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Cannabis plants grow under artificial lights

Canada’s Weed Companies Are Mining The Black Market For Hiring Talented Workers

The most passion, skill, and talent is often found in those who were formerly labeled as criminals under prohibition. Many CEO’s believe it is also the only way to eliminate the black market entirely.

Jul 7, 2018 - Miroslav Tomoski

A crop of cannabis plants grow under artificial lights at a facility in Oregon. A male is pruning them. He is in frame from gloves to mid-forearm. (Photo by FatCamera via Getty Images)

Cannabis plants grow under artificial lights

A crop of cannabis plants grow under artificial lights at a facility in Oregon. A male is pruning them. He is in frame from gloves to mid-forearm. (Photo by FatCamera via Getty Images)

When the CBC asked Aphria CEO Vic Neufeld about why he was of hiring employees who had previously worked in the black market to grow his company’s legal weed, he simply responded, “So, it helps,”.  There seems to be the sentiment among many in the marijuana industry who have come to realize that their most skilled workers are those who were formerly.

The Lamington Ontario based company is one of Canada’s largest legal medical marijuana growers, with over 250 employees in the small town dotted with tomato green houses. As Canada looks to launch its recreational cannabis market in October, Aphria is looking to add another 25 workers and they don’t seem to have any qualms about hiring someone who used to break the law, so long as they have the required skills to help the company succeed.

“It’s chemists, it’s researchers, it’s those that have experience in infused products,” Neufeld told the CBC.

In June, Canada’s parliament passed a bill to legalize recreational cannabis with recreational sales expected to begin on October 17th. According to Deloitte, the industry is expected to bring in $23 billion to the Canadian economy and that big of a boost will also come with an estimated 150,000 jobs. Jobs which will have to be filled by experienced candidates.

“These guys have been growing for a long time,” Greg McLeish of Mackie Research Capital Corporation told the CBC last fall, and leaving them out of the industry, he argues, would be a huge mistake.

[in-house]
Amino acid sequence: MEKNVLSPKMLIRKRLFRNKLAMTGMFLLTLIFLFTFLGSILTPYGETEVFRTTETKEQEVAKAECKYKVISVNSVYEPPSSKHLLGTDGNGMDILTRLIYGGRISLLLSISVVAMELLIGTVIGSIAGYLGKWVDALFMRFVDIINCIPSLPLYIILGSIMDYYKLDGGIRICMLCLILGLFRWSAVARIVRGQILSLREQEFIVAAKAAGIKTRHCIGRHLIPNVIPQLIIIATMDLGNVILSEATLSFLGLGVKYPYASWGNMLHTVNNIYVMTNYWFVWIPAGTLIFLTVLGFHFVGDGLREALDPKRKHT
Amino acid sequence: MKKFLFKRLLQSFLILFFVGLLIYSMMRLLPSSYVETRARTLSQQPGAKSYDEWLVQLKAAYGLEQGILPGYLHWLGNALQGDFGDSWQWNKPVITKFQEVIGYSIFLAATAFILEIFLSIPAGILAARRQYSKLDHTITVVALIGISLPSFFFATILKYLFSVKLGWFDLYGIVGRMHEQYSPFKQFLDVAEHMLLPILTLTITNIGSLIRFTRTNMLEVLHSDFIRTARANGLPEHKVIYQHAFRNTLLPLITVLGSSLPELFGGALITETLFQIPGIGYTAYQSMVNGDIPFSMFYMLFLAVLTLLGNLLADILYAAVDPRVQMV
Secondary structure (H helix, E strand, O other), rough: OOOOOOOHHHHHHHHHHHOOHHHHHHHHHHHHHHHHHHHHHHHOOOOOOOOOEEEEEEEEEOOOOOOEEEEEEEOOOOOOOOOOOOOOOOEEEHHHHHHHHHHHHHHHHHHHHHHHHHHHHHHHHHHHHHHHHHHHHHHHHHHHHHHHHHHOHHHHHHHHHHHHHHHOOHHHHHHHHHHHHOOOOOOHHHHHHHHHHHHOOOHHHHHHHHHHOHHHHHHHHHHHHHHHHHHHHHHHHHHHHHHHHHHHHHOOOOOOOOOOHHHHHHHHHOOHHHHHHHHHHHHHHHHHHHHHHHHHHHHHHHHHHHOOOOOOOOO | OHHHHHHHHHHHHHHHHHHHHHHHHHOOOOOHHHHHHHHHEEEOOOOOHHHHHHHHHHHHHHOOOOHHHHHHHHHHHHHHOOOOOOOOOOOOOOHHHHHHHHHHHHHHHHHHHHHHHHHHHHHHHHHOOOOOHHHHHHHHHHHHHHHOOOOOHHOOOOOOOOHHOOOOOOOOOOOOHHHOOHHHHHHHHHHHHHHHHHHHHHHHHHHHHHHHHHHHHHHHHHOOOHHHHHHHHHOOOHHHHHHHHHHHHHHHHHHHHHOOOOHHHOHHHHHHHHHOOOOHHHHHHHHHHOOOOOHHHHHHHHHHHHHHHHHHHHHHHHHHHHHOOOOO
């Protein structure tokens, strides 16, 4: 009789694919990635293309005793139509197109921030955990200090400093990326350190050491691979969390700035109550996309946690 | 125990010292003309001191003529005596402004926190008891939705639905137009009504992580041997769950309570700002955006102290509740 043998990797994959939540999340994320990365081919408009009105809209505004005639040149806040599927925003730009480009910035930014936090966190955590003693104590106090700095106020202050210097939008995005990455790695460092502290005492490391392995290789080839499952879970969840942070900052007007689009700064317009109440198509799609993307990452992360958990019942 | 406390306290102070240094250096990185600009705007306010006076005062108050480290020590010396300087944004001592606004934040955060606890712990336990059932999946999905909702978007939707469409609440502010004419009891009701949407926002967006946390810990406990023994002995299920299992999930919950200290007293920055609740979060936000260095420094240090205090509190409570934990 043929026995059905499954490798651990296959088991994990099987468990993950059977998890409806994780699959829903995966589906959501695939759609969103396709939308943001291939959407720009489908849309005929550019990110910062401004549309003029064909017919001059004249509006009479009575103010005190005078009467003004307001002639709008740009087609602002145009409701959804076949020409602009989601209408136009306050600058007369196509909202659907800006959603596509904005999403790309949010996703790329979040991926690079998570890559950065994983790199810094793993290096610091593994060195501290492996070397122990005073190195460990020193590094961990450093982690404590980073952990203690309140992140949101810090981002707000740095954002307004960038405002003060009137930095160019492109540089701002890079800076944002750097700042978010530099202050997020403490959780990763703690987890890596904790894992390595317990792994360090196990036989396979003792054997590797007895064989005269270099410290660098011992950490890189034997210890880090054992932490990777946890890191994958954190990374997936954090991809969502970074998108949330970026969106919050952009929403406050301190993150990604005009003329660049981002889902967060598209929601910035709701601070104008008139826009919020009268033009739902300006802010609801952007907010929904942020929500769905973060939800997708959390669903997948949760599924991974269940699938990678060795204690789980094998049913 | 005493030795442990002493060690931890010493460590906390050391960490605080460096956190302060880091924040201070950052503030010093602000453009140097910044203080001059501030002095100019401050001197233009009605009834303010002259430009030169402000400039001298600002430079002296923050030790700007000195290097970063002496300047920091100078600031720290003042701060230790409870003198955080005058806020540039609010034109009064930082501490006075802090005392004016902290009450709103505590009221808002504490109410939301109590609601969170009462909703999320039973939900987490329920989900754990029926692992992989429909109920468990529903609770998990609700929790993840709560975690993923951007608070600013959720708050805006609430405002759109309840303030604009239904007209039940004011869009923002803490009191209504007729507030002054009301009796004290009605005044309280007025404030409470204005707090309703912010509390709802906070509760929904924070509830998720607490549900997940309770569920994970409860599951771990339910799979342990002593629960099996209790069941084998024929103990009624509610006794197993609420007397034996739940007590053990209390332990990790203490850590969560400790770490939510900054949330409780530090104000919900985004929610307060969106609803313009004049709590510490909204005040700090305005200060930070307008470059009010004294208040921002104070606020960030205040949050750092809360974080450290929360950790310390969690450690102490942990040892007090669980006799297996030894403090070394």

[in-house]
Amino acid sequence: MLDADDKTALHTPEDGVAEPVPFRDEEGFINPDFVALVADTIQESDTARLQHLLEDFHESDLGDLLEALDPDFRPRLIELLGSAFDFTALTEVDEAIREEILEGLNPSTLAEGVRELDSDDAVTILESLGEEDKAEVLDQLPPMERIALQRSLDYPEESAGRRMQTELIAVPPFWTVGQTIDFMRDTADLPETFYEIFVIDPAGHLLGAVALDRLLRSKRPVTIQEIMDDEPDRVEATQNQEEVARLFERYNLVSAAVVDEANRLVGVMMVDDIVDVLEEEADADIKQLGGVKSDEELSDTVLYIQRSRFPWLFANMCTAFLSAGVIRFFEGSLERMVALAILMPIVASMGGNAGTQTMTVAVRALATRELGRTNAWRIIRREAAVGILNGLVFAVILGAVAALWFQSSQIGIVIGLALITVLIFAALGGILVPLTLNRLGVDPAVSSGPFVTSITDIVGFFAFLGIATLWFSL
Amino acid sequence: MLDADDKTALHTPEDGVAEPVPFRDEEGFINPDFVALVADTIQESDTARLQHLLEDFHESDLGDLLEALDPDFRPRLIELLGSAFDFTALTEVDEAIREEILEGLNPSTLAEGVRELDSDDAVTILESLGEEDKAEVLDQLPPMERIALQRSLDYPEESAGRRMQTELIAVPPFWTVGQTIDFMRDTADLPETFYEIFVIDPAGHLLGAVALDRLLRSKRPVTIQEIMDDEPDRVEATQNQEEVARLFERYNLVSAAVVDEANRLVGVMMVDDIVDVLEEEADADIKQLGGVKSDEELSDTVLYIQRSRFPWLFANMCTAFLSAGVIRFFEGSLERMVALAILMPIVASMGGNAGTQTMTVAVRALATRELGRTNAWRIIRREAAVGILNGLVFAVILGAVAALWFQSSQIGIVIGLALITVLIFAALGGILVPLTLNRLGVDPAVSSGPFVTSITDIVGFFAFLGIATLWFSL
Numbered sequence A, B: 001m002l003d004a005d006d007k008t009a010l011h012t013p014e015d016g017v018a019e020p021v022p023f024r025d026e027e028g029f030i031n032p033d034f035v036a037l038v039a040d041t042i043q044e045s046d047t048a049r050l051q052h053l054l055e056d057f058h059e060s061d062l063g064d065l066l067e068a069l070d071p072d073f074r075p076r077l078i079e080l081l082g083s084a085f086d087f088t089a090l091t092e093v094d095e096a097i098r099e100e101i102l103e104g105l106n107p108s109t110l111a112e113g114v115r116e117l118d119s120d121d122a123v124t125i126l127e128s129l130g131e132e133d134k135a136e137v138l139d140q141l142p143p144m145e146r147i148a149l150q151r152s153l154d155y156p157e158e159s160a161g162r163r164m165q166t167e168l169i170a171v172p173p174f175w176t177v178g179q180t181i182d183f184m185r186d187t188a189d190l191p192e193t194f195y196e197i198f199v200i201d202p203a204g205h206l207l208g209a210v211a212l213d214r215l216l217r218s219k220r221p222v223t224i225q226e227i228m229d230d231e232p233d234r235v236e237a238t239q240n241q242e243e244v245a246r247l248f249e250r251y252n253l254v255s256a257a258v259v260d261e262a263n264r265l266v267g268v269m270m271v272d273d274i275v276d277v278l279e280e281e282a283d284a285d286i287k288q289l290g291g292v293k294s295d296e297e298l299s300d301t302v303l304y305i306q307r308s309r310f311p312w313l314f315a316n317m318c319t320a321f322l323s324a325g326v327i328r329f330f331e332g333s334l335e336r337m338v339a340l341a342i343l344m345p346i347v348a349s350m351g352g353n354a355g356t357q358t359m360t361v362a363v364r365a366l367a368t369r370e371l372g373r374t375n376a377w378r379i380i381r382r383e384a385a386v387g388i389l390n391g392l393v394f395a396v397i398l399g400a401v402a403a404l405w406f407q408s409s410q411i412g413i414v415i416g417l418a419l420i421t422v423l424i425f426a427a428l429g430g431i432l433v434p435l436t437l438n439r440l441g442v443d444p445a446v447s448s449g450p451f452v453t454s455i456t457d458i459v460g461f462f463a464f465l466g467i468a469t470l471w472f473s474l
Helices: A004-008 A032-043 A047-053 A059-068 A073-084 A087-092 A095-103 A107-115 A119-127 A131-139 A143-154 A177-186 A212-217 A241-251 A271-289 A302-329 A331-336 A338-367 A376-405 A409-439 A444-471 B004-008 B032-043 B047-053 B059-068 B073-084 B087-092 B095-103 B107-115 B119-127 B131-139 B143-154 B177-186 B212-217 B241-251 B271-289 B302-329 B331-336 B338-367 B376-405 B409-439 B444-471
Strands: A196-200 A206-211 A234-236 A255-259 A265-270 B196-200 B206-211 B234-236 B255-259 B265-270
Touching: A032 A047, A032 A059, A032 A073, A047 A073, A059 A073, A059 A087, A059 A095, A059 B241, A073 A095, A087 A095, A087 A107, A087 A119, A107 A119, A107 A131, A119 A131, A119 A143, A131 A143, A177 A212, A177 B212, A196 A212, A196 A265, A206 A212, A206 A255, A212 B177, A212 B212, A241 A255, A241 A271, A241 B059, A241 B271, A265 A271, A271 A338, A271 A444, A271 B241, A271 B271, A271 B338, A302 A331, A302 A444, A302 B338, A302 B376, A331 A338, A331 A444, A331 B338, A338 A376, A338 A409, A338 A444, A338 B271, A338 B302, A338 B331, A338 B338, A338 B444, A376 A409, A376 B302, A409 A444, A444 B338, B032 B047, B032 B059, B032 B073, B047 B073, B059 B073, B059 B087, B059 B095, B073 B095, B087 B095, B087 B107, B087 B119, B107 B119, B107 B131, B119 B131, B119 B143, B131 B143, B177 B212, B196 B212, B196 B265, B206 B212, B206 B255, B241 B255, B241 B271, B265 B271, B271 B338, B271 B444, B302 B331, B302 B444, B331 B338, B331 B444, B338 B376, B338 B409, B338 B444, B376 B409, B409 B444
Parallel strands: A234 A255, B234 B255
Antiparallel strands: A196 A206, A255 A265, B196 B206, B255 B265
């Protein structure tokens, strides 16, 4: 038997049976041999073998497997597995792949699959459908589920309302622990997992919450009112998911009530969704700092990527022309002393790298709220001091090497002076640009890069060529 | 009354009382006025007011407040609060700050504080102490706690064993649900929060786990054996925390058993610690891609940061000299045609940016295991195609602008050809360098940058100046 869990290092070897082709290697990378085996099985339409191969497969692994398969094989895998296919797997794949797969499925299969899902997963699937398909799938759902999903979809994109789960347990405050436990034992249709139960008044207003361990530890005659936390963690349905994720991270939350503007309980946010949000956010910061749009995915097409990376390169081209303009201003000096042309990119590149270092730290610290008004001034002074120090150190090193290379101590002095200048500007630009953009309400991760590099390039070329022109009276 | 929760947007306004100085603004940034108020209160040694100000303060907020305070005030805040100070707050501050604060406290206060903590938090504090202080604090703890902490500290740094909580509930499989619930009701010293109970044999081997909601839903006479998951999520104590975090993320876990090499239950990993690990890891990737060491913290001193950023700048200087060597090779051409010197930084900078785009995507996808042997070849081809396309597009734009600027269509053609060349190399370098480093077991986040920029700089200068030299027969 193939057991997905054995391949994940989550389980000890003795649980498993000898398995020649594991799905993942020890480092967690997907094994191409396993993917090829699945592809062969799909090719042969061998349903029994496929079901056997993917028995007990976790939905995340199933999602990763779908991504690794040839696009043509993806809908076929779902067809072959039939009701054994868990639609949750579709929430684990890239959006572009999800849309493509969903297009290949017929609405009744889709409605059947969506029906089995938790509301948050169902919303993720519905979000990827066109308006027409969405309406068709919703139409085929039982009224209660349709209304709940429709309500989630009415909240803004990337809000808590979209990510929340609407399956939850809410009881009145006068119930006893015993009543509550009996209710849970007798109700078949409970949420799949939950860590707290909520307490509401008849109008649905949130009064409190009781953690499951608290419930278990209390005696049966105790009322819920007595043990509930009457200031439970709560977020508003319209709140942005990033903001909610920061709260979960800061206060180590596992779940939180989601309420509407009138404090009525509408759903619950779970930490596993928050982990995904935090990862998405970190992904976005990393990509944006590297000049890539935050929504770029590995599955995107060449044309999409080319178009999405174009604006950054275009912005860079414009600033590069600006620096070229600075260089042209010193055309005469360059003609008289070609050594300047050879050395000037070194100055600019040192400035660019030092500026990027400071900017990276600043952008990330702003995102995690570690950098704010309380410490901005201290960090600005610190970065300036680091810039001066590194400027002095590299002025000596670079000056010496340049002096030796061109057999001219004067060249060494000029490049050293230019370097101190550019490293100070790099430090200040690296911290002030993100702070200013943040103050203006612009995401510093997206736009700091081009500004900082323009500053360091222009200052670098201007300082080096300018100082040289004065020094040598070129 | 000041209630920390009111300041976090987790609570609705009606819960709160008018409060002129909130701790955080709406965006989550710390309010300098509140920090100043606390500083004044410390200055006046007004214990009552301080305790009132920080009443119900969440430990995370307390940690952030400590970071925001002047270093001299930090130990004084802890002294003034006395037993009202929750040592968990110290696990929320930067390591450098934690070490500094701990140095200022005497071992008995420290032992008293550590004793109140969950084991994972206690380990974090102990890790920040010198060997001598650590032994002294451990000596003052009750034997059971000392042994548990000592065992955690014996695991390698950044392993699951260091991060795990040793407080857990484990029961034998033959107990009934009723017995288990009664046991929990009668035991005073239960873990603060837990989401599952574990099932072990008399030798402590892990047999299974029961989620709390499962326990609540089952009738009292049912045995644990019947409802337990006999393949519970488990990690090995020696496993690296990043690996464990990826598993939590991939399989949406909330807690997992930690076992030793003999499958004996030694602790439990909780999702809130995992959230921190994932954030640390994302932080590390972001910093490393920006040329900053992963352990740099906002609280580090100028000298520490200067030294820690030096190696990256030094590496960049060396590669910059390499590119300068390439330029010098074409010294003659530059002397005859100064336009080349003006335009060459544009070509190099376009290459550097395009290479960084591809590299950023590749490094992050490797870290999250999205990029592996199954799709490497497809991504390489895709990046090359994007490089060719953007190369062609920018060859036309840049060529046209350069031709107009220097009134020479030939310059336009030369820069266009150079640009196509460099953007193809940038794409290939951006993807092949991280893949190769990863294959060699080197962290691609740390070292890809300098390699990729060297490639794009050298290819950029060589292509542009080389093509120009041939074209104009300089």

Not least of all because schools like Kwantlen Polytechnic University, which offer programs designed to train cannabis industry employees, have yet to produce the number of skilled workers the industry will need.

Of course, Aphria is not the only Canadian giant that’s hired from the more experienced side of the cannabis world. These black market employees have also helped companies like Aurora become the largest cannabis grower in the world.

Canadas cannabis companies are hiring people from the cannabis black marketf Petition To Legalize Cannabis Launched In New Hampshire
Photo by Aphria via Facebook

“Aurora has made a point of hiring people with the greatest expertise and passion for the plant,” Aurora’s Chief Corporate Officer, Cam Battley, has told Herb “and that means specifically bringing on people from the dispensary world and the gray market.”

It’s those hiring practices which Battley believes will help the government achieve its goal of eliminating the black market.

Yet while Canada’s private industry has opened its doors to employees from the black market, questions surrounding government run retailers like Ontario’s Cannabis Retail Corporation (OCRC) still remain. If the OCRC has the same hiring practices as its parent corporation, the Liquor Control Board of Ontario, then its future employees can expect background checks as part of their job applications.

As the government continues to shut down unlicensed dispensaries, its also giving its potential workforce criminal records which could prevent the OCRC from becoming a competitive retailer.

“The question that we always want to come back to is, ‘do you want to achieve that central objective of replacing the black market?’” Battley says if the answer is yes, he adds, then the legal market has to be competitive, not just on price, but across the board.


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